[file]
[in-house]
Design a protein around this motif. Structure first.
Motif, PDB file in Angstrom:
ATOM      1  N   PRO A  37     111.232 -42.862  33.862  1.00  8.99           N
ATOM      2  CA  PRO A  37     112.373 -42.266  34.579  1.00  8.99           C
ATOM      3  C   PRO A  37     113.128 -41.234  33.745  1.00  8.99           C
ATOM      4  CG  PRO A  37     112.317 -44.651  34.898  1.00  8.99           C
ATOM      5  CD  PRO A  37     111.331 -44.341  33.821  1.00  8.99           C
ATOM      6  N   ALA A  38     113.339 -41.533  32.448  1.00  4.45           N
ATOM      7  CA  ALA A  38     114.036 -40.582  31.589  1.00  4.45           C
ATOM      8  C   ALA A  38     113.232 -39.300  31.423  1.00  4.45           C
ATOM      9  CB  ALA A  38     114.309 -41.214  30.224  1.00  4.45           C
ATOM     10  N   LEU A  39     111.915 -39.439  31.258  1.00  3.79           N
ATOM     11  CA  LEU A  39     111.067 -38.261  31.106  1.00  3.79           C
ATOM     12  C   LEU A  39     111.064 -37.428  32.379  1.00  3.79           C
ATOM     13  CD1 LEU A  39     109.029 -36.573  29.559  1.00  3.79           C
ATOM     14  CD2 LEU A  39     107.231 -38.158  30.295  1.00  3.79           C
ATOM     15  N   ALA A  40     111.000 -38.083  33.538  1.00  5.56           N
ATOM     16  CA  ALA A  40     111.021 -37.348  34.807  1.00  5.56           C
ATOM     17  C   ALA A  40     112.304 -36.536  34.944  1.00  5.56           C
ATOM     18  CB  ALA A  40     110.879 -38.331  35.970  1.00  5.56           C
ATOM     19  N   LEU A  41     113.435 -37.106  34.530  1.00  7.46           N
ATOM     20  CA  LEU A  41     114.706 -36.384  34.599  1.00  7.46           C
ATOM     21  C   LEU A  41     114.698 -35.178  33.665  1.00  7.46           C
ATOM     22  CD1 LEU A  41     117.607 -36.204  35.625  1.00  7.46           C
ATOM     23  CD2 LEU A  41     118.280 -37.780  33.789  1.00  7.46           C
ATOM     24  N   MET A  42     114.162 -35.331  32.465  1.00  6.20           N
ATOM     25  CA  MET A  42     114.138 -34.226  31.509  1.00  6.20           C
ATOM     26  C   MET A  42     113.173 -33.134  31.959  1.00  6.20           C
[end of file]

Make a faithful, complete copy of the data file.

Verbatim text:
[in-house]
Design a protein around this motif. Structure first.
Motif, PDB file in Angstrom:
ATOM      1  N   PRO A  37     111.232 -42.862  33.862  1.00  8.99           N
ATOM      2  CA  PRO A  37     112.373 -42.266  34.579  1.00  8.99           C
ATOM      3  C   PRO A  37     113.128 -41.234  33.745  1.00  8.99           C
ATOM      4  CG  PRO A  37     112.317 -44.651  34.898  1.00  8.99           C
ATOM      5  CD  PRO A  37     111.331 -44.341  33.821  1.00  8.99           C
ATOM      6  N   ALA A  38     113.339 -41.533  32.448  1.00  4.45           N
ATOM      7  CA  ALA A  38     114.036 -40.582  31.589  1.00  4.45           C
ATOM      8  C   ALA A  38     113.232 -39.300  31.423  1.00  4.45           C
ATOM      9  CB  ALA A  38     114.309 -41.214  30.224  1.00  4.45           C
ATOM     10  N   LEU A  39     111.915 -39.439  31.258  1.00  3.79           N
ATOM     11  CA  LEU A  39     111.067 -38.261  31.106  1.00  3.79           C
ATOM     12  C   LEU A  39     111.064 -37.428  32.379  1.00  3.79           C
ATOM     13  CD1 LEU A  39     109.029 -36.573  29.559  1.00  3.79           C
ATOM     14  CD2 LEU A  39     107.231 -38.158  30.295  1.00  3.79           C
ATOM     15  N   ALA A  40     111.000 -38.083  33.538  1.00  5.56           N
ATOM     16  CA  ALA A  40     111.021 -37.348  34.807  1.00  5.56           C
ATOM     17  C   ALA A  40     112.304 -36.536  34.944  1.00  5.56           C
ATOM     18  CB  ALA A  40     110.879 -38.331  35.970  1.00  5.56           C
ATOM     19  N   LEU A  41     113.435 -37.106  34.530  1.00  7.46           N
ATOM     20  CA  LEU A  41     114.706 -36.384  34.599  1.00  7.46           C
ATOM     21  C   LEU A  41     114.698 -35.178  33.665  1.00  7.46           C
ATOM     22  CD1 LEU A  41     117.607 -36.204  35.625  1.00  7.46           C
ATOM     23  CD2 LEU A  41     118.280 -37.780  33.789  1.00  7.46           C
ATOM     24  N   MET A  42     114.162 -35.331  32.465  1.00  6.20           N
ATOM     25  CA  MET A  42     114.138 -34.226  31.509  1.00  6.20           C
ATOM     26  C   MET A  42     113.173 -33.134  31.959  1.00  6.20           C